9. I don’t support everything done by my government. However, I do think the research on HGN is pretty solid. As an uneducated no-neck former police officer, I realize that much of what law enforcment officers do on a daily basis is subject to review by people in an office, and at some point, probably a judge and jury. So, I generally don’t make decisions unless I can support them in court and feel comfortable doing it.

    As much as folks gripe and complain about police officers being lazy, stupid and crooked, it’s amazing that they still are willing to put their lives on the line for a job that pays next to nothing!

    • If you’re really interested in the science behind HGN, you might want to check out this publication ( ).

      In this article, the NHTSA found that 4 clues of nystagmus (the minimum number necessary to show probable cause of intoxication) routinely occur at BAC levels of as little as .03 g/dl (well under half the legal limit). They even found 4 clues in drivers with BACs as low as .016 and .019.

      HGN is closely correlated with alcohol consumption, but not impairment,

        • JGL — Thanks for the reply, but my original comment wasn’t really meant for the dough boy.

          Defense attorneys that handle DWI cases should read this study and use it on cross examination. The findings are truly amazing, even if the NHTSA attempts to subvert or controvert them. When I read this study I was aghast. The findings make it clear that the NHTSA knows that the HGN test, particularly when only 4 clues are observed, is not a reliable indicator of intoxication.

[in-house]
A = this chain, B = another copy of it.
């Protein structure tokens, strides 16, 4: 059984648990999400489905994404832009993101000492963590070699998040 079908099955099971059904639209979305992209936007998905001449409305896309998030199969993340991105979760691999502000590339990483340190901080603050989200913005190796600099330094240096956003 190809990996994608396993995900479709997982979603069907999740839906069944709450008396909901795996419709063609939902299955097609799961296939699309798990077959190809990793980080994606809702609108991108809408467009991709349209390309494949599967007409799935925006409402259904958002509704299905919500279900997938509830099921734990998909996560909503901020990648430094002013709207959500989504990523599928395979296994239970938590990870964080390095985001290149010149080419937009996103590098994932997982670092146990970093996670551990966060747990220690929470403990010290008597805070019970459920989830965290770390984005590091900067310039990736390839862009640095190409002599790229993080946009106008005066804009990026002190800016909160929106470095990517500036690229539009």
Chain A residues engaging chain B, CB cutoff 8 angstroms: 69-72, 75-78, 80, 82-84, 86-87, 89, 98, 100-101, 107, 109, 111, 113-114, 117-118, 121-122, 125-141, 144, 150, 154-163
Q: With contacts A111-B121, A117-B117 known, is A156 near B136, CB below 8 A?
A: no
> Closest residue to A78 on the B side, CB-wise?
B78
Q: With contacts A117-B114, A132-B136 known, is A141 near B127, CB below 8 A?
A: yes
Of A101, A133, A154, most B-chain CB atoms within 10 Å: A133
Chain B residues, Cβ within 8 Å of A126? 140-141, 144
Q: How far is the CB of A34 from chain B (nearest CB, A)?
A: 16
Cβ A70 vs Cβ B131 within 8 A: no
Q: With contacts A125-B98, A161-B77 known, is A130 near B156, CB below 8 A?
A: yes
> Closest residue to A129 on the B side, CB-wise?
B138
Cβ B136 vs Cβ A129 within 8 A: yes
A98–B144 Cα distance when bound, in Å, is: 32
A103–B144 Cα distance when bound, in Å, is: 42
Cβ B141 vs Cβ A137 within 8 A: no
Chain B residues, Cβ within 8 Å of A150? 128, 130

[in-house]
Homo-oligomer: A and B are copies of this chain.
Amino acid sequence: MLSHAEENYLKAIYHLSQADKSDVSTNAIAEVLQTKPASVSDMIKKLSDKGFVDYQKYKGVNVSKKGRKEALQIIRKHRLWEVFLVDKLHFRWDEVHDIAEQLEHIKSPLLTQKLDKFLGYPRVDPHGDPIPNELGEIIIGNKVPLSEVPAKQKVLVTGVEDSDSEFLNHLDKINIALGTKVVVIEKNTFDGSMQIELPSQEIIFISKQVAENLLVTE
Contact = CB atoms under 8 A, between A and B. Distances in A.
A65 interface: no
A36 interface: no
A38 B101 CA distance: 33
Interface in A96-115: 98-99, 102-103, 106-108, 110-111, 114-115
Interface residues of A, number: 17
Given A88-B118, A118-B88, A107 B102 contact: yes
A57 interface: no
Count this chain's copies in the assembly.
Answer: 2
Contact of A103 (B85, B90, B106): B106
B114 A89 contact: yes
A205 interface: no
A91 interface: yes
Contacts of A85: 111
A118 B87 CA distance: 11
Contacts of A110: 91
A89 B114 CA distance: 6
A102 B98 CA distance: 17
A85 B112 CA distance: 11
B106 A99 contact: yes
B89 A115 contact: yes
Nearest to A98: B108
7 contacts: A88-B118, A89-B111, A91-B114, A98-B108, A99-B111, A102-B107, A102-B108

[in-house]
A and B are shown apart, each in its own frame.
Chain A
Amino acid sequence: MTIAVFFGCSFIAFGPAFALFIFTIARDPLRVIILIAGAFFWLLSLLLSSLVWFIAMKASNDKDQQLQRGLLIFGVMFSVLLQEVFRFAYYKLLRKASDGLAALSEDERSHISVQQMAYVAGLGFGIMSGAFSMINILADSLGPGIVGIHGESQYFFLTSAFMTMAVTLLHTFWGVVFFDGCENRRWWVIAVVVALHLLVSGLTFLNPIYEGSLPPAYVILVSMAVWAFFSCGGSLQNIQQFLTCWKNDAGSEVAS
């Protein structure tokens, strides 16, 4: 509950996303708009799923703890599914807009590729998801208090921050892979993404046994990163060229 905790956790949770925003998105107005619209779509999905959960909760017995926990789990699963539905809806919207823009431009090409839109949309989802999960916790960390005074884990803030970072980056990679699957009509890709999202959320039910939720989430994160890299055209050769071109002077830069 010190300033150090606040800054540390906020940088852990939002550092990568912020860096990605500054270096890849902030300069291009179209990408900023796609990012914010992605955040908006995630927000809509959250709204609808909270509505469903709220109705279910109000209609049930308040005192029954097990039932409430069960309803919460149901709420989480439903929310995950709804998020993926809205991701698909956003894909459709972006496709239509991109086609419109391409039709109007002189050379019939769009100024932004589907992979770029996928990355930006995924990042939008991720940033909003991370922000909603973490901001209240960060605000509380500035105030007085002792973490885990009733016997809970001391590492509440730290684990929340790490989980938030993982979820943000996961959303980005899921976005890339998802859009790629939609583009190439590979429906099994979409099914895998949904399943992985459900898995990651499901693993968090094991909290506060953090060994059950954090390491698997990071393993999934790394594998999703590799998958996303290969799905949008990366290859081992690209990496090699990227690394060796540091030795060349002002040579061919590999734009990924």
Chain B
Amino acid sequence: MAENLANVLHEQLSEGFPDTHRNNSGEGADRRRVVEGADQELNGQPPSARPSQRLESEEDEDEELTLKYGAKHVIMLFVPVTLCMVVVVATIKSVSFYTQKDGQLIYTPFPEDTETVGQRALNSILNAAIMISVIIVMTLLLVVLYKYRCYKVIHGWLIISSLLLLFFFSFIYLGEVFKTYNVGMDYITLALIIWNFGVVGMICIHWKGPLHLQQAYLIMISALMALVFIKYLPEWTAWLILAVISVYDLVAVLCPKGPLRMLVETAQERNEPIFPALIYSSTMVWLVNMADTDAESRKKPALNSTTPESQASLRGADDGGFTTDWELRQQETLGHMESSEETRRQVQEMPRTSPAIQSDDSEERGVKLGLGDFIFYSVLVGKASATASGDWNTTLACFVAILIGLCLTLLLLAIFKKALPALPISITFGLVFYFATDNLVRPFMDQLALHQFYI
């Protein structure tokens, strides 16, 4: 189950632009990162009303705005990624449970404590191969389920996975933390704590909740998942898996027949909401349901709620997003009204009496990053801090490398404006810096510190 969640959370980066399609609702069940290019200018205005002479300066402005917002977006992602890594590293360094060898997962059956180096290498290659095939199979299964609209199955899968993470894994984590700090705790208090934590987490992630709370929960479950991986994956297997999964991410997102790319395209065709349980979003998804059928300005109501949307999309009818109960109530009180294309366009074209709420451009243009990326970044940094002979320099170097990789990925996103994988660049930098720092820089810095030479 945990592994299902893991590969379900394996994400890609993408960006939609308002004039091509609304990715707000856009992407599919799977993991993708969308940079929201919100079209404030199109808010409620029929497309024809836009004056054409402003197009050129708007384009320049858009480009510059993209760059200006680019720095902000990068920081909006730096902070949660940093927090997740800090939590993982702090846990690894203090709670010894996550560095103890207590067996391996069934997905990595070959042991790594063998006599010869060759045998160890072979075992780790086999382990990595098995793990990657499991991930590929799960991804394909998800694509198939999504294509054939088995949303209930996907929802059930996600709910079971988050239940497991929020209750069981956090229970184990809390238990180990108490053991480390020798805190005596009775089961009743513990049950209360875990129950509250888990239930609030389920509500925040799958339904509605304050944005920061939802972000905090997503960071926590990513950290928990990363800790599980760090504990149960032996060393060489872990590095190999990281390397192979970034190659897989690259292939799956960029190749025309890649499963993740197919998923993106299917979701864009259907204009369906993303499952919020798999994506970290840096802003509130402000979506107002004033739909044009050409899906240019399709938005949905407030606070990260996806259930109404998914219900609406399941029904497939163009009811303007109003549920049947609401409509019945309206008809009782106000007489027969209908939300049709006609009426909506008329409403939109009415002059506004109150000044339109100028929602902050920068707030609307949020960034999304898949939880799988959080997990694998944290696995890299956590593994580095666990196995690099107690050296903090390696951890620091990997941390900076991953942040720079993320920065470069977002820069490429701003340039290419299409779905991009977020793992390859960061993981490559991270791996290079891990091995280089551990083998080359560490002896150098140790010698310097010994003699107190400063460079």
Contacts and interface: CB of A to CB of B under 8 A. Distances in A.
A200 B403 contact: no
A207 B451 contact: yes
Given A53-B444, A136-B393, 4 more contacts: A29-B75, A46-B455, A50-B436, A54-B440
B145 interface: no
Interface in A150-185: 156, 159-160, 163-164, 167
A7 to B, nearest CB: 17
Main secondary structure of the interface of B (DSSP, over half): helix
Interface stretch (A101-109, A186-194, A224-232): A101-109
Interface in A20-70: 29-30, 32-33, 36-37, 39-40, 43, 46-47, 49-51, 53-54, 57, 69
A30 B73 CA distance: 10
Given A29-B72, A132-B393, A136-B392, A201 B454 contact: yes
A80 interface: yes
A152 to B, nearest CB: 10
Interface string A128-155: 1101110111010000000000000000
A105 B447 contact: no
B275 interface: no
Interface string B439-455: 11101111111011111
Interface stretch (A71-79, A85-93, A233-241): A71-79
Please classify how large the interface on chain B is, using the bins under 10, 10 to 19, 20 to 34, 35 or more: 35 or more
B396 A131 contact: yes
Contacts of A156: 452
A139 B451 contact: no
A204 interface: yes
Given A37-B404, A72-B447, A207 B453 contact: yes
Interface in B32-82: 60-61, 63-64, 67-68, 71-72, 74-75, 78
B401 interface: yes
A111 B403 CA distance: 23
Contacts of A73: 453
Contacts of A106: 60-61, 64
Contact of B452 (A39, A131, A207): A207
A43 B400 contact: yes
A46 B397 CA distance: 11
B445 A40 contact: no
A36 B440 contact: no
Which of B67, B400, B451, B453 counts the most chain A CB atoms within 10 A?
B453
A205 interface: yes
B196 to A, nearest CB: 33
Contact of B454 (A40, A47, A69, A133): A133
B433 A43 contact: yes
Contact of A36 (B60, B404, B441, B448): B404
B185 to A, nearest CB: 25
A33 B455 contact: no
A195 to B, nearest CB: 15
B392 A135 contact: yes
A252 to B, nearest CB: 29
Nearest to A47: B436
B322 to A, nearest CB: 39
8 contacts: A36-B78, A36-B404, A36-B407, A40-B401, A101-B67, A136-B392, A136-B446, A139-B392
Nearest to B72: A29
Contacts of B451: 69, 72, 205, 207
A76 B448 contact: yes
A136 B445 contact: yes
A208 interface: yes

If the officer claims to be an expert on HGN and hasn’t read or can’t explain this study to the judge or jury, be prepared to destroy him on the stand. Chances are good that the prosecutor will stipulate to any NHTSA funded studies — after all, if he fights them, he has no foundation for any of the SFSTs.

          Read the study. If you ignore it, you do so at your peril.

          Be well.

          • Why would I ignore it? In addition to being familiar with it, it’s right in line with my original post.

  10. I believe no one should drink and drive, interesting is that some believe it should not be illegal. I say this because in a way I feel maybe or may be not? I lost my partner who I have been with 12 years and was to marry, to a drunk driver who rand her through a brick wall, and crushed her as she was walking in to a store.

    I asked myself this did the “D.U.I.. laws stop this man from doing this, no would tougher laws stop this man from doing this, no. He was just sentenced and received 3.5 years for taking her life. If drunk driving was legal maybe he would have received more time for his crime. He did plead guilty yet I have seen people receive many more years for drug distribution. I guess I am trying to say is I do not think singling out people who may have a drink or two as demons is right, or giving up our freedom to such fascist ideals is right. Yes I feel he should spend more time in jail for involuntary manslaughter and maybe it is a failure of our judicial system which will allow him to be charge under a code related to D.U.I rather than for manslaughter. To many times we give up our freedom to “Lobbyist” we might want to just destroy each other by making contributions, which is mere bribery then we can bypass our constitution.

  11. I read “Smoke. AND Mirrors.” I’m not sure what you mean by “arrest records,” but surely you know that prosecutors and judges DO have access to defendants’ criminal histories. Obviously, expunged records are a different matter.